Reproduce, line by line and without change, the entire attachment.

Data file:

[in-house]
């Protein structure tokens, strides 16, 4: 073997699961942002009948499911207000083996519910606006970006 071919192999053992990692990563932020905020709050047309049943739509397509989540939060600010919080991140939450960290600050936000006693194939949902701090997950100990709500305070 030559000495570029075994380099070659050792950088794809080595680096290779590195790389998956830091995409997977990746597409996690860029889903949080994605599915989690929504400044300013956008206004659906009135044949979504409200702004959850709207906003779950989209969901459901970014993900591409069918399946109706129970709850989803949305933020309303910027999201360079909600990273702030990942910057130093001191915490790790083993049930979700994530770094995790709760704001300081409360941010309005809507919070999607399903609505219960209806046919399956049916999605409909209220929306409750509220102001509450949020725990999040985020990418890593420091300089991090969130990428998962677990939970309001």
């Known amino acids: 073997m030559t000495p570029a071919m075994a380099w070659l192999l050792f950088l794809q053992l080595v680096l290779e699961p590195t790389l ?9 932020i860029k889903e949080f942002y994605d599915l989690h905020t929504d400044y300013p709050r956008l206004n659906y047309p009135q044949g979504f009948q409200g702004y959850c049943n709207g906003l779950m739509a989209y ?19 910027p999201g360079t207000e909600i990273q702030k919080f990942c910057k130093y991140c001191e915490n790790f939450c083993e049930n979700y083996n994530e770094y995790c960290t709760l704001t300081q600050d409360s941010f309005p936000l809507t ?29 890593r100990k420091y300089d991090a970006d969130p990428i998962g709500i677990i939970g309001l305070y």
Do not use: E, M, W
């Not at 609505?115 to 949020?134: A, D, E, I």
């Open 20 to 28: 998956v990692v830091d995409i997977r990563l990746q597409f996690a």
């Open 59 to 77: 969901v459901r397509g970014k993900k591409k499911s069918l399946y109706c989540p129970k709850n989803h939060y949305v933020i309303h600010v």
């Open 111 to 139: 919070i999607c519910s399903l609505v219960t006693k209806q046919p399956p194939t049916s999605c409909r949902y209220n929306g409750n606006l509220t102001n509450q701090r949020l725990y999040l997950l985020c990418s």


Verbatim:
[in-house]
């Protein structure tokens, strides 16, 4: 073997699961942002009948499911207000083996519910606006970006 071919192999053992990692990563932020905020709050047309049943739509397509989540939060600010919080991140939450960290600050936000006693194939949902701090997950100990709500305070 030559000495570029075994380099070659050792950088794809080595680096290779590195790389998956830091995409997977990746597409996690860029889903949080994605599915989690929504400044300013956008206004659906009135044949979504409200702004959850709207906003779950989209969901459901970014993900591409069918399946109706129970709850989803949305933020309303910027999201360079909600990273702030990942910057130093001191915490790790083993049930979700994530770094995790709760704001300081409360941010309005809507919070999607399903609505219960209806046919399956049916999605409909209220929306409750509220102001509450949020725990999040985020990418890593420091300089991090969130990428998962677990939970309001």
């Known amino acids: 073997m030559t000495p570029a071919m075994a380099w070659l192999l050792f950088l794809q053992l080595v680096l290779e699961p590195t790389l ?9 932020i860029k889903e949080f942002y994605d599915l989690h905020t929504d400044y300013p709050r956008l206004n659906y047309p009135q044949g979504f009948q409200g702004y959850c049943n709207g906003l779950m739509a989209y ?19 910027p999201g360079t207000e909600i990273q702030k919080f990942c910057k130093y991140c001191e915490n790790f939450c083993e049930n979700y083996n994530e770094y995790c960290t709760l704001t300081q600050d409360s941010f309005p936000l809507t ?29 890593r100990k420091y300089d991090a970006d969130p990428i998962g709500i677990i939970g309001l305070y």
Do not use: E, M, W
């Not at 609505?115 to 949020?134: A, D, E, I």
């Open 20 to 28: 998956v990692v830091d995409i997977r990563l990746q597409f996690a």
């Open 59 to 77: 969901v459901r397509g970014k993900k591409k499911s069918l399946y109706c989540p129970k709850n989803h939060y949305v933020i309303h600010v």
């Open 111 to 139: 919070i999607c519910s399903l609505v219960t006693k209806q046919p399956p194939t049916s999605c409909r949902y209220n929306g409750n606006l509220t102001n509450q701090r949020l725990y999040l997950l985020c990418s």